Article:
Football fans won’t just find a heated rivalry between Army and Air Force teams on Nov. 5 at the Lockheed Martin Commanders’ Classic game at Globe Life Field. They’ll also see a prototype of a next-generation reconnaissance helicopter Lockheed Martin company Sikorsky is trying to sell the U.S. Army. 

The S-97 Raider X is Sikorsky’s answer to the high tech scouting aircraft. Its competition is Bell Textron, Inc.’s 360 Invictus. Both companies are vying for the Army’s Future Attack Reconnaissance Aircraft. The aircraft is one of two contracts as part of the Army’s Future Vertical Lift  which is an effort to modernize the Army. 

Right now, Boeing and Lockheed Martin produce 90% of the Army’s helicopters and the contracts could be worth billions of dollars for the company that wins the contract.

Bell and Sikorsky’s prototype helicopters will compete in a “government-sponsored fly off,” in 2023, according to a statement from Brig. Gen Walter Rugen, director of Future Vertical Lift’s cross functional team in an Army release. 

A mainstay of the Raider X is its X-2 technology — two rigid rotors that spin in opposite directions on top with a tail rotor in the back, Jay Macklin, Sikorsky director of Future Vertical Lift, said. That helps the helicopter go faster than previous iterations of reconnaissance helicopters. 

A mainstay of the Raider X is its “X-2” technology – two rotors on top that spin in opposite directions. (Seth Bodine | Fort Worth Report)

Ergonomically, Macklin compares Raider X to a Ferrari.

The tail rotor allows the aircraft to speed up or slow down. With a second engine, it could reach up to 240 knots, the equivalent of about 276 miles per hour. He considers the X-2 technology as an advantage in the competition. 

Raider X also has a large weapon bay, but can be adapted to load up to six people in the back. 

“As a former aviation commander in the Army, you always want flexibility because you want to be able to tailor the mission, tailor the aircraft to exactly what the mission requires,” Macklin said. 

As the Army looks to 2030 and beyond, Macklin said the military could face sophisticated enemy air defense technology. That’s why it’s important that the reconnaissance helicopter can fly low to the ground.

“If you fly high … you’re not going to survive,” Macklin said. “So low level, very agile and high speed is going to be the key to survival.”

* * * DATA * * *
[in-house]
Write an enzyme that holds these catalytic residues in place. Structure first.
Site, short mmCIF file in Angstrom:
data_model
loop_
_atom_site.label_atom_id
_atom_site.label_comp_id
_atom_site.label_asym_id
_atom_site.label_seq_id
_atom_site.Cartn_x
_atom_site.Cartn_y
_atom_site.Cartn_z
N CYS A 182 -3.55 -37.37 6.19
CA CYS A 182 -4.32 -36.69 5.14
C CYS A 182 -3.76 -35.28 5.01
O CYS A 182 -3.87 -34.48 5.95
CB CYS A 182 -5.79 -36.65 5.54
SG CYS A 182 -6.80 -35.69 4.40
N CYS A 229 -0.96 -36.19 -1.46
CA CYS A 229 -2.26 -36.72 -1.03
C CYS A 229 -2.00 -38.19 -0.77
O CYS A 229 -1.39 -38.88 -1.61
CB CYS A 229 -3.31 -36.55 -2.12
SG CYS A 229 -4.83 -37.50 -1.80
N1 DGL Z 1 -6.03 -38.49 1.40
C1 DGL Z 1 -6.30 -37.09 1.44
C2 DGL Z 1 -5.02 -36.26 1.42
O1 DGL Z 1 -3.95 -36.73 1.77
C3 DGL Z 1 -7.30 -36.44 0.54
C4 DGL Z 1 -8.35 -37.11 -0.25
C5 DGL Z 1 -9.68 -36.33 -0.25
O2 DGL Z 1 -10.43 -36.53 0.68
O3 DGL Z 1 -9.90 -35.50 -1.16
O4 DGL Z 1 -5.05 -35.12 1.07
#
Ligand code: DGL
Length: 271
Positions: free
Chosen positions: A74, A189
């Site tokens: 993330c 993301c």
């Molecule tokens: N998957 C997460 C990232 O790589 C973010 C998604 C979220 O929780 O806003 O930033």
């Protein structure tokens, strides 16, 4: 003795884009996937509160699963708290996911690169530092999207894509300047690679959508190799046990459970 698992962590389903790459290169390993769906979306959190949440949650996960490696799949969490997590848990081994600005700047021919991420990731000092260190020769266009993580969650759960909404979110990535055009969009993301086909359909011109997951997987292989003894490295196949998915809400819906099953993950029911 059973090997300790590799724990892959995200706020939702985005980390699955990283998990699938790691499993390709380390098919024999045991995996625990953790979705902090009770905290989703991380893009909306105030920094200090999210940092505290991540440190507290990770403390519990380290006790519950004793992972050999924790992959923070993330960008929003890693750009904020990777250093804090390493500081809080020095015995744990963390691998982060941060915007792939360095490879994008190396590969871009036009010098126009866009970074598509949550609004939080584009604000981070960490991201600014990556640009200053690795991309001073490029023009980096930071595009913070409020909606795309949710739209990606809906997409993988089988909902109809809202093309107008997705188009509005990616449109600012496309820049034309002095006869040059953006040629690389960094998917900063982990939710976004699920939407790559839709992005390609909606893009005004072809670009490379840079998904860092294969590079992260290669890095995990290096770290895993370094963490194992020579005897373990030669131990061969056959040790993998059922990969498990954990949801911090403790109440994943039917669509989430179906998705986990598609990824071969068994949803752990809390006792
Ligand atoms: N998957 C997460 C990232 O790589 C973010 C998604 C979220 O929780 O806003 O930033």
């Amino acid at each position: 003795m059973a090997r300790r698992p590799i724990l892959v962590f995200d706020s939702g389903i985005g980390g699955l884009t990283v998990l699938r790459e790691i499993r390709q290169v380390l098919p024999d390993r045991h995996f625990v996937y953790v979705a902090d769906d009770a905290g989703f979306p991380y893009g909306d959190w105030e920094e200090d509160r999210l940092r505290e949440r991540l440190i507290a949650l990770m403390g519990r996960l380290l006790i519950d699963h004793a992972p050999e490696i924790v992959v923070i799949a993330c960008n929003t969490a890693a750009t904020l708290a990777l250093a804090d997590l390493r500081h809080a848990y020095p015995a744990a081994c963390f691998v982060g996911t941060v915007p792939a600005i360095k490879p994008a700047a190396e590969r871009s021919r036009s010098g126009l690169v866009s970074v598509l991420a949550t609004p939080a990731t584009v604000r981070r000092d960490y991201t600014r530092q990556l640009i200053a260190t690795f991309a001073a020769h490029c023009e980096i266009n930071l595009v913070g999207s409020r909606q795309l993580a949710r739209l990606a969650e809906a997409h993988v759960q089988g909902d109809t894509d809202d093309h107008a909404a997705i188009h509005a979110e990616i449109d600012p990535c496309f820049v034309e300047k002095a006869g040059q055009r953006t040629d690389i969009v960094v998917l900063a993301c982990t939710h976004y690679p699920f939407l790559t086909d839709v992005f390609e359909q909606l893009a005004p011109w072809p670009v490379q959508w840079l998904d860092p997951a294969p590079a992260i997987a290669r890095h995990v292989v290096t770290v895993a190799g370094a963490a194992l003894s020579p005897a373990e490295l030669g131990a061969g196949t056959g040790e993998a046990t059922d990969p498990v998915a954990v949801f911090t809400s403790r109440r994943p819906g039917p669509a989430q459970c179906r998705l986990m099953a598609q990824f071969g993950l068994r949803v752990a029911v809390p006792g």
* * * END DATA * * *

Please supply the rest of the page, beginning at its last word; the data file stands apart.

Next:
The view of a helicopter from the back, which has a propulsor
The Raider’s tail rotor helps the aircraft fly faster. (Seth Bodine | Fort Worth Report)

The Raider X prototype was built in 2014, and is about 80% to scale with the actual size of the competitive version. The competitive prototype is currently being built in West Palm Beach, Florida, Macklin said. He said the competitive prototype is 92% complete. 

A Sikorsky and Boeing team also are competing against Bell Textron for the Army’s Future Long Range Assault Aircraft, which will replace the UH-60 Black Hawk. The chief of staff to the Army, Gen. James McConville, said during a speech that the contract decision will be made in the coming months, after indications it could come in August or September, according to reports. 

Bell and Lockheed Martin are big employers in Fort Worth and Tarrant County. 

Lockheed Martin employs more than 22,000 people in the Fort Worth area and has produced aircrafts such as the F-16 Falcon and F-35 Lightning II at the company’s aeronautics facility, according to a Lockheed Martin spokesperson. About 100 Sikorsky employees at Lockheed Martin’s Beach Street Facility work on supporting Future Vertical Lift. 

Bell, headquartered in Fort Worth, employs more than 4,000 people. 

Seth Bodine is a business and economic development reporter for the Fort Worth Report. Contact him at and follow on Twitter at @sbodine120.

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Seth BodineBusiness Reporter

Seth Bodine is the business reporter for the Fort Worth Report. He previously covered agriculture and rural issues in Oklahoma for the public radio station, KOSU, as a Report for America corps member....